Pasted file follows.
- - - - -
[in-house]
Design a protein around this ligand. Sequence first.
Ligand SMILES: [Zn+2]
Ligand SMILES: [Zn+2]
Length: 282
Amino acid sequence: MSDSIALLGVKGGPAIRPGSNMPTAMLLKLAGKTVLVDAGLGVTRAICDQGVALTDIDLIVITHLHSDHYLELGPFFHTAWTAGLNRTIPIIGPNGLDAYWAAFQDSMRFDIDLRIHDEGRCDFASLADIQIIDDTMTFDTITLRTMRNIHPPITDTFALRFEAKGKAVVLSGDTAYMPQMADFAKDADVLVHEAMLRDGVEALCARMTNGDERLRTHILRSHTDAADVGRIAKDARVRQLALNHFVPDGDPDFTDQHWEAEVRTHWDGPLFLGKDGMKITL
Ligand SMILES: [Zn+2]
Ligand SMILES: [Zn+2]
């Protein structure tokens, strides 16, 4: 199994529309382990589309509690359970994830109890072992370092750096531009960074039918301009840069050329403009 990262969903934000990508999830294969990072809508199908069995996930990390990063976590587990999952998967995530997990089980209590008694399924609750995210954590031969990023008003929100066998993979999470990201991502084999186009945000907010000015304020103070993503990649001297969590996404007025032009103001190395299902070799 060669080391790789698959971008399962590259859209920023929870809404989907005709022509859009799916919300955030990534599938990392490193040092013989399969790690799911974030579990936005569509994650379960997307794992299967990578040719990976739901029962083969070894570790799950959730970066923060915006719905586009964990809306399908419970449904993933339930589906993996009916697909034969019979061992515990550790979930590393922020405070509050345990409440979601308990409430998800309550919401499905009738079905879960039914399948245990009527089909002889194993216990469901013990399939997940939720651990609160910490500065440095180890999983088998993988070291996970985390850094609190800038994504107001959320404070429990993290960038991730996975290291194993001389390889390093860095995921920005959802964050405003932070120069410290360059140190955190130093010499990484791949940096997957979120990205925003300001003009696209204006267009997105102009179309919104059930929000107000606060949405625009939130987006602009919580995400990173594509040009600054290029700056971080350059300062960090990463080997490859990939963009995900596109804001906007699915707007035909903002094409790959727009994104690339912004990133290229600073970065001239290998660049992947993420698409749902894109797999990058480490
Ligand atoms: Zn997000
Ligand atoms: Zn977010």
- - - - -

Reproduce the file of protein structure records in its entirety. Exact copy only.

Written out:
[in-house]
Design a protein around this ligand. Sequence first.
Ligand SMILES: [Zn+2]
Ligand SMILES: [Zn+2]
Length: 282
Amino acid sequence: MSDSIALLGVKGGPAIRPGSNMPTAMLLKLAGKTVLVDAGLGVTRAICDQGVALTDIDLIVITHLHSDHYLELGPFFHTAWTAGLNRTIPIIGPNGLDAYWAAFQDSMRFDIDLRIHDEGRCDFASLADIQIIDDTMTFDTITLRTMRNIHPPITDTFALRFEAKGKAVVLSGDTAYMPQMADFAKDADVLVHEAMLRDGVEALCARMTNGDERLRTHILRSHTDAADVGRIAKDARVRQLALNHFVPDGDPDFTDQHWEAEVRTHWDGPLFLGKDGMKITL
Ligand SMILES: [Zn+2]
Ligand SMILES: [Zn+2]
């Protein structure tokens, strides 16, 4: 199994529309382990589309509690359970994830109890072992370092750096531009960074039918301009840069050329403009 990262969903934000990508999830294969990072809508199908069995996930990390990063976590587990999952998967995530997990089980209590008694399924609750995210954590031969990023008003929100066998993979999470990201991502084999186009945000907010000015304020103070993503990649001297969590996404007025032009103001190395299902070799 060669080391790789698959971008399962590259859209920023929870809404989907005709022509859009799916919300955030990534599938990392490193040092013989399969790690799911974030579990936005569509994650379960997307794992299967990578040719990976739901029962083969070894570790799950959730970066923060915006719905586009964990809306399908419970449904993933339930589906993996009916697909034969019979061992515990550790979930590393922020405070509050345990409440979601308990409430998800309550919401499905009738079905879960039914399948245990009527089909002889194993216990469901013990399939997940939720651990609160910490500065440095180890999983088998993988070291996970985390850094609190800038994504107001959320404070429990993290960038991730996975290291194993001389390889390093860095995921920005959802964050405003932070120069410290360059140190955190130093010499990484791949940096997957979120990205925003300001003009696209204006267009997105102009179309919104059930929000107000606060949405625009939130987006602009919580995400990173594509040009600054290029700056971080350059300062960090990463080997490859990939963009995900596109804001906007699915707007035909903002094409790959727009994104690339912004990133290229600073970065001239290998660049992947993420698409749902894109797999990058480490
Ligand atoms: Zn997000
Ligand atoms: Zn977010």